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Braes of Derwent
Sunday 19th April 2015
by Peter Burgon

Bonchester Bridge jockey, Joanna Walton, 20, recorded the first double of her career on Drill Sergeant and Oscar Stanley in the Braes of Derwent point-to-point meeting at Corbridge on Sunday.

Drill Sergeant was always travelling well behind the leaders in the Dr Syntax Inn Ladies Open Race and finally overhauled Whisperdale between the last two fences before staying on strongly up the run-in to hold off a late thrust from the odds-on favourite, Rolecarr by two lengths.

He was previously successful three times on the Flat for Mark Johnston, including the Duke of Edinburgh Stakes at Royal Ascot in June 2009, as well as three times over hurdles for Donald McCain but had drawn a blank since scoring at Ffos Las in August 2011. His form had deteriorated latterly over hurdles and he was offered to Ingleton near Staindrop owner/trainer, Caroline Dennis in 2013 by McCain. This was his 66th career start, including 58 under Rules, since making his debut a few miles down the road from Corbridge in a six furlong Newcastle Maiden on 3 October 2007 and he went on to win over £190k on the Flat.

Walton said, "He still retains plenty of enthusiasm, didn't mind the quicker ground and fairly powered up the hill from three out."

Walton had Oscar Stanley lying handy from the outset in the Swiftstamp Restricted Race and produced him with a well-timed challenge to hit the front at the last. Her mount met it perfectly, landed running and kept on well to beat the fast-finishing Farm Pixie by a length. "He's a much better horse on a right handed track but would have preferred a bit more cut in the ground" she said. The 8 year old winner, owned by Diana Blythe and trained by Walton's mother, Diana, has been transformed since joining the latter's yard eighteen months ago.

The talented Cave Hunter got his injury-hit season back on course in the Professional Stove Installations Men's Open Race to give Tom Hamilton his 12th winner of the campaign. Content to track the trailblazing leaders, Ballyvesey and Clonea Power from the fourth, Hamilton's mount cruised to the front after two out and kept Ballyvesey at bay up the run-in to score by half a length in the fastest time of the day. The 8 year old's owner, Niel Manning said, "After the problems he's had this year, I'm just pleased to get him back on the track in such good form and all being well, he'll run next at Mosshouses or Hexham on May 2." Hamilton added, "All the credit must go to my mother, Wendy, who rides him out at home. They went very quick early on and after the leaders started coming back to us approaching four out, he picked up straight away when asked for an effort after the next."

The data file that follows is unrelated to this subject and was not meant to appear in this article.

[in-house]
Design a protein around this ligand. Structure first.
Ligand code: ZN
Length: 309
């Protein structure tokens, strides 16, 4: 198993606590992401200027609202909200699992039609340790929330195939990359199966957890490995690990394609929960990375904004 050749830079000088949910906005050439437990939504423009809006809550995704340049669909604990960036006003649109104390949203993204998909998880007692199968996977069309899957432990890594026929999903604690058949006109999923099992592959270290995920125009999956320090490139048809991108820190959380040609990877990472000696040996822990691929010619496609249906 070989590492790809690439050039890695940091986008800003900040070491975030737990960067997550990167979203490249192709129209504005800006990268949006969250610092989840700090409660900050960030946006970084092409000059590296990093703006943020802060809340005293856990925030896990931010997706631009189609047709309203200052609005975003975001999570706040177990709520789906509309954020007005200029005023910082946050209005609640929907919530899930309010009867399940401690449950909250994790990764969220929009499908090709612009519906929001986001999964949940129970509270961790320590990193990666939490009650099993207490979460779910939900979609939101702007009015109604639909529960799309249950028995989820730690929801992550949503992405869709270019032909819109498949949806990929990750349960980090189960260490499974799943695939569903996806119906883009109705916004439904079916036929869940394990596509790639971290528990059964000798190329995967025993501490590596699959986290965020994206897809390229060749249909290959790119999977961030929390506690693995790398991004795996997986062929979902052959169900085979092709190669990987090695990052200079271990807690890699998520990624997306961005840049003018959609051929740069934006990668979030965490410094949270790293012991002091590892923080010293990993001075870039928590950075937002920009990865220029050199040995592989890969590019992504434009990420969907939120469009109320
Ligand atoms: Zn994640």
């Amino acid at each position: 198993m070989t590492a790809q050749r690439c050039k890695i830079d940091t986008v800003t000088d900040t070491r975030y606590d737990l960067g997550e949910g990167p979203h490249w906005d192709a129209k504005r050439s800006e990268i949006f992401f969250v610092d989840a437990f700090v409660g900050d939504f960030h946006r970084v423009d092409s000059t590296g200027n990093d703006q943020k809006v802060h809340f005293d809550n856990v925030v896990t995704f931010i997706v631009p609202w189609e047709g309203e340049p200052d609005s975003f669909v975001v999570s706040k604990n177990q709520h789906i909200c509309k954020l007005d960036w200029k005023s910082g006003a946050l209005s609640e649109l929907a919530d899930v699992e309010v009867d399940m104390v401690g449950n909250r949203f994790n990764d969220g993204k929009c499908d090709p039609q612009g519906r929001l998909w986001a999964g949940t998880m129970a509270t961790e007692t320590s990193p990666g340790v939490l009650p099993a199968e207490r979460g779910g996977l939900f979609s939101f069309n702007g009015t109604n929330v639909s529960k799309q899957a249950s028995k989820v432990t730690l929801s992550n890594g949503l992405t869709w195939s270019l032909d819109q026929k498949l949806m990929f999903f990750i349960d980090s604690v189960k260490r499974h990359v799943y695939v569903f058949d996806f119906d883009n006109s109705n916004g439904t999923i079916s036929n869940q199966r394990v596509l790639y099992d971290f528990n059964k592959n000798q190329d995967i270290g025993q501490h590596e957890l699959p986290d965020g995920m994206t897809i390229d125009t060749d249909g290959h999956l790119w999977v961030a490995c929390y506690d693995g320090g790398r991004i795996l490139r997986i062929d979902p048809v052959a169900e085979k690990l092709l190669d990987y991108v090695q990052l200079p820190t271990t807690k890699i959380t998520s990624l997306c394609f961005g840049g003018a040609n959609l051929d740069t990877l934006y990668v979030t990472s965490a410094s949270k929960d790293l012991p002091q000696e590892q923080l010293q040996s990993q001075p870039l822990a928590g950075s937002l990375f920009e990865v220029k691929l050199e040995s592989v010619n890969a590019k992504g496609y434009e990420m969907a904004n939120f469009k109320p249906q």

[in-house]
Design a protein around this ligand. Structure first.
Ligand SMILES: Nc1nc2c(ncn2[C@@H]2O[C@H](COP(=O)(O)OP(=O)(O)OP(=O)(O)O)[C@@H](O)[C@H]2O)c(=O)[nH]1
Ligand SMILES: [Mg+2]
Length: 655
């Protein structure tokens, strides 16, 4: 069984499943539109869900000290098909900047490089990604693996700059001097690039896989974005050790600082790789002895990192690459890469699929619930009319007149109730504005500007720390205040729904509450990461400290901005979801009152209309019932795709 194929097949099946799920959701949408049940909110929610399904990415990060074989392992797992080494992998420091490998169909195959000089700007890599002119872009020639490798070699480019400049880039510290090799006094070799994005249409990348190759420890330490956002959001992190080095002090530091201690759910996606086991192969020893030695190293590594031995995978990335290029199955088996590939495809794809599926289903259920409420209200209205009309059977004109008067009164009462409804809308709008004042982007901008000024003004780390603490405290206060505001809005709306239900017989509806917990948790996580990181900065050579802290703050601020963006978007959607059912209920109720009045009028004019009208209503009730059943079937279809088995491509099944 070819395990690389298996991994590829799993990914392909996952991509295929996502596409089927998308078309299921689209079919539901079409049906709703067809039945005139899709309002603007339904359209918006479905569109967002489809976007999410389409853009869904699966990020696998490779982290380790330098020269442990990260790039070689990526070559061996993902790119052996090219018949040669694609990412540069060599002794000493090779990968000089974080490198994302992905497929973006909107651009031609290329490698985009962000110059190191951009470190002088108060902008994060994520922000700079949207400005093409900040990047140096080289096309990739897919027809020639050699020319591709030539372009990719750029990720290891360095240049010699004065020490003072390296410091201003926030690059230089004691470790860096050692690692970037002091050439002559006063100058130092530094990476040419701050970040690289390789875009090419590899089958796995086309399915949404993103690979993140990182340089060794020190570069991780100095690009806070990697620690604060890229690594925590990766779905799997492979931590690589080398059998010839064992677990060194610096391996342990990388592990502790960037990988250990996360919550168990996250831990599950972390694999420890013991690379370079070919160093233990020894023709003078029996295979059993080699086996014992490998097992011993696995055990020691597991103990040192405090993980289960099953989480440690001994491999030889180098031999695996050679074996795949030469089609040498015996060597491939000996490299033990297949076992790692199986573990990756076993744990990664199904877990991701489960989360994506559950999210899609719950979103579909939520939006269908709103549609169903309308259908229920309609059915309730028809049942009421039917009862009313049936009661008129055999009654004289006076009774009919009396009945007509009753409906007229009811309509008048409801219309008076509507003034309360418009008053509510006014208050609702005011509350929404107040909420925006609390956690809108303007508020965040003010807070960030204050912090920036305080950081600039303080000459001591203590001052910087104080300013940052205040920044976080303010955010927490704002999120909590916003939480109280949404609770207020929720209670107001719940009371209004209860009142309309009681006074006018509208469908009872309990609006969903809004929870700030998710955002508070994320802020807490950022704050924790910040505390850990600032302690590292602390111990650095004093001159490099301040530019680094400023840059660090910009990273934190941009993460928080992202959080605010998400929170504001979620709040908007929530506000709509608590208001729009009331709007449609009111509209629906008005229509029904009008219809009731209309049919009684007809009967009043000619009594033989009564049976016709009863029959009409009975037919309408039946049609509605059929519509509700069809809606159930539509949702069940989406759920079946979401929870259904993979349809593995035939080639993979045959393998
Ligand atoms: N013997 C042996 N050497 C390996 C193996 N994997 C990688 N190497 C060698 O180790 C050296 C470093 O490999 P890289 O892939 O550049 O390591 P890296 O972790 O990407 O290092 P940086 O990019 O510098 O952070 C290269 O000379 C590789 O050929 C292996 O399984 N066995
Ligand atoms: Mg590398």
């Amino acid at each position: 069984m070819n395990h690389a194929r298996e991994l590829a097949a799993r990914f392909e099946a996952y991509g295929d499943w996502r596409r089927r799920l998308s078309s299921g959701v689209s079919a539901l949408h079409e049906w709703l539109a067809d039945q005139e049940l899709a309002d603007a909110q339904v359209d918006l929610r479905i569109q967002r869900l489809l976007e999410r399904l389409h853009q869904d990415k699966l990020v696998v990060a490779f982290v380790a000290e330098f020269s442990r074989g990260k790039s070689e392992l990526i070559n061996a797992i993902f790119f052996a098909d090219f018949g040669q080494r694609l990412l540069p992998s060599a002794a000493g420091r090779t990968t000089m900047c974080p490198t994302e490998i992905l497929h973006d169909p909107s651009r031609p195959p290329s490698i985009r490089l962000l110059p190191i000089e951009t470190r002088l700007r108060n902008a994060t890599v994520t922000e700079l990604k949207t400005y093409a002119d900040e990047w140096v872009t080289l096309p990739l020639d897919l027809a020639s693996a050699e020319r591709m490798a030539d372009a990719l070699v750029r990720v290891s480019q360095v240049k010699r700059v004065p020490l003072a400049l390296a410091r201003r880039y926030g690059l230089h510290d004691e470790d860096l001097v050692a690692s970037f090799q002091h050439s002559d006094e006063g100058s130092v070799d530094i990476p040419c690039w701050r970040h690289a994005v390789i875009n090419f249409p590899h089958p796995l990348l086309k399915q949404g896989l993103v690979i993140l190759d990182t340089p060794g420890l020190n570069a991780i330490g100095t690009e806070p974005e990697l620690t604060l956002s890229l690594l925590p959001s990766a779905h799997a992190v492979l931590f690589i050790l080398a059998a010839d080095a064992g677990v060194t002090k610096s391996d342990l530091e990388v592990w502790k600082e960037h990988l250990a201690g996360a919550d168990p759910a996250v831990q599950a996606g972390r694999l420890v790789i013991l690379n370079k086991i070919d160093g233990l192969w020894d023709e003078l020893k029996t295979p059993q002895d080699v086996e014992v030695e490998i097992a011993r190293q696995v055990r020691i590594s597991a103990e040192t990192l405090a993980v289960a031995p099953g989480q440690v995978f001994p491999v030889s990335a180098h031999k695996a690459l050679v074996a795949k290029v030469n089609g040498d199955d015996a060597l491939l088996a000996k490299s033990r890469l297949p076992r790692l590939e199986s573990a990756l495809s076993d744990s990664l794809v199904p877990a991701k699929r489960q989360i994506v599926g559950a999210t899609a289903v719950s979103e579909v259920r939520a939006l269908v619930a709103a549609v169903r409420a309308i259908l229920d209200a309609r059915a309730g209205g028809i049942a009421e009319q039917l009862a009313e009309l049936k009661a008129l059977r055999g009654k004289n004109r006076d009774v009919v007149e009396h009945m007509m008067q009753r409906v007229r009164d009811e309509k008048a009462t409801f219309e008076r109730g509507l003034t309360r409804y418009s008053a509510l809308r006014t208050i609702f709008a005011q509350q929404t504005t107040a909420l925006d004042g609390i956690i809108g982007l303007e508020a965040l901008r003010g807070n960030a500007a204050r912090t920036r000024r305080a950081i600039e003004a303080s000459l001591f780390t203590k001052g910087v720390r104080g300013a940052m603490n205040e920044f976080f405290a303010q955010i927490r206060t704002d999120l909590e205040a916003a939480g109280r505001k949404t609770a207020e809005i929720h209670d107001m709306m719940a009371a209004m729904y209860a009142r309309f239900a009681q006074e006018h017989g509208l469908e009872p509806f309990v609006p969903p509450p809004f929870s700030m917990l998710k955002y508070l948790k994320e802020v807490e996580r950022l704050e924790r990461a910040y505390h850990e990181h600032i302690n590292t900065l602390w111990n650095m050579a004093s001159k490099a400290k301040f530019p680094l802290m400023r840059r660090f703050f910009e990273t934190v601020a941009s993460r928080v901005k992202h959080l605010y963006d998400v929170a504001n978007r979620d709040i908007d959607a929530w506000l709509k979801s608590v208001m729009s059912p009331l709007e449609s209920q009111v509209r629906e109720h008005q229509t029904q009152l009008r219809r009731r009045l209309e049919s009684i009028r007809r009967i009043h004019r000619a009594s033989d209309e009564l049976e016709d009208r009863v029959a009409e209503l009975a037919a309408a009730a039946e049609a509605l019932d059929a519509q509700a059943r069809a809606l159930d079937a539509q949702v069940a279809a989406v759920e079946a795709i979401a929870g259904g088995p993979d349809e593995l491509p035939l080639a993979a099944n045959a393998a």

Awman provided North Tyne handler, Liz Nixon with her first winner in the Tow Law Open Maiden Race. Well ridden by Harry Reed, the 8 year old made virtually every yard of the running and steadily forged clear from two out to beat Blue Lodge by six lengths. Joint owner, Brian Stanners said, "Liz decided to stay at home as she felt she would jinx his chances. She deserves all the credit as she rides him out every night in all weathers when she gets home from working behind the counter in Cranstons shop in Hexham."

Nobody could begrudge Whatsthestoryman his moment of glory in the William McIvor & Son Open Maiden Race which gave Emma Dunkley, 19, a richly deserved first winner. At the head of affairs from six out, the Sylvia Scott-trained gelding stormed clear up the finishing straight to beat Tulliroad by twenty lengths. Dunkley, who has been working full-time for National Hunt trainer, Rose Dobbin since January, said, "That's a big relief after finishing second on him four times this year. He deserved that and seems to act on any ground."

Boy In Bangkok supplemented last month's Tynedale Restricted success in the 2 runner Northumberland Tea Company Intermediate Race. Viacometti set a modest pace from the fifth and was still about three lengths up when unseating birthday girl, Kelly Bryson five out. Partnered by London stockbroker, Ed Wrigley, Boy In Bangkok was left in splendid isolation and safely negotiated the remaining fences to land the spoils. The victory was a real family affair as the 9 year old is trained at Ganton by Wrigley's mother, Venetia and runs in the colours of her husband, Nicholas. Although he is bred to be a sprinter, the winner clearly has no stamina issues and seems to have blossomed after enjoying plenty of days hunting with the Middleton.

Proceedings had opened on a low-key note when Kate Leckenby's mount, Hardy Oscar secured a third course win as a result of being handed a walk-over in the Braes of Derwent Members Race.

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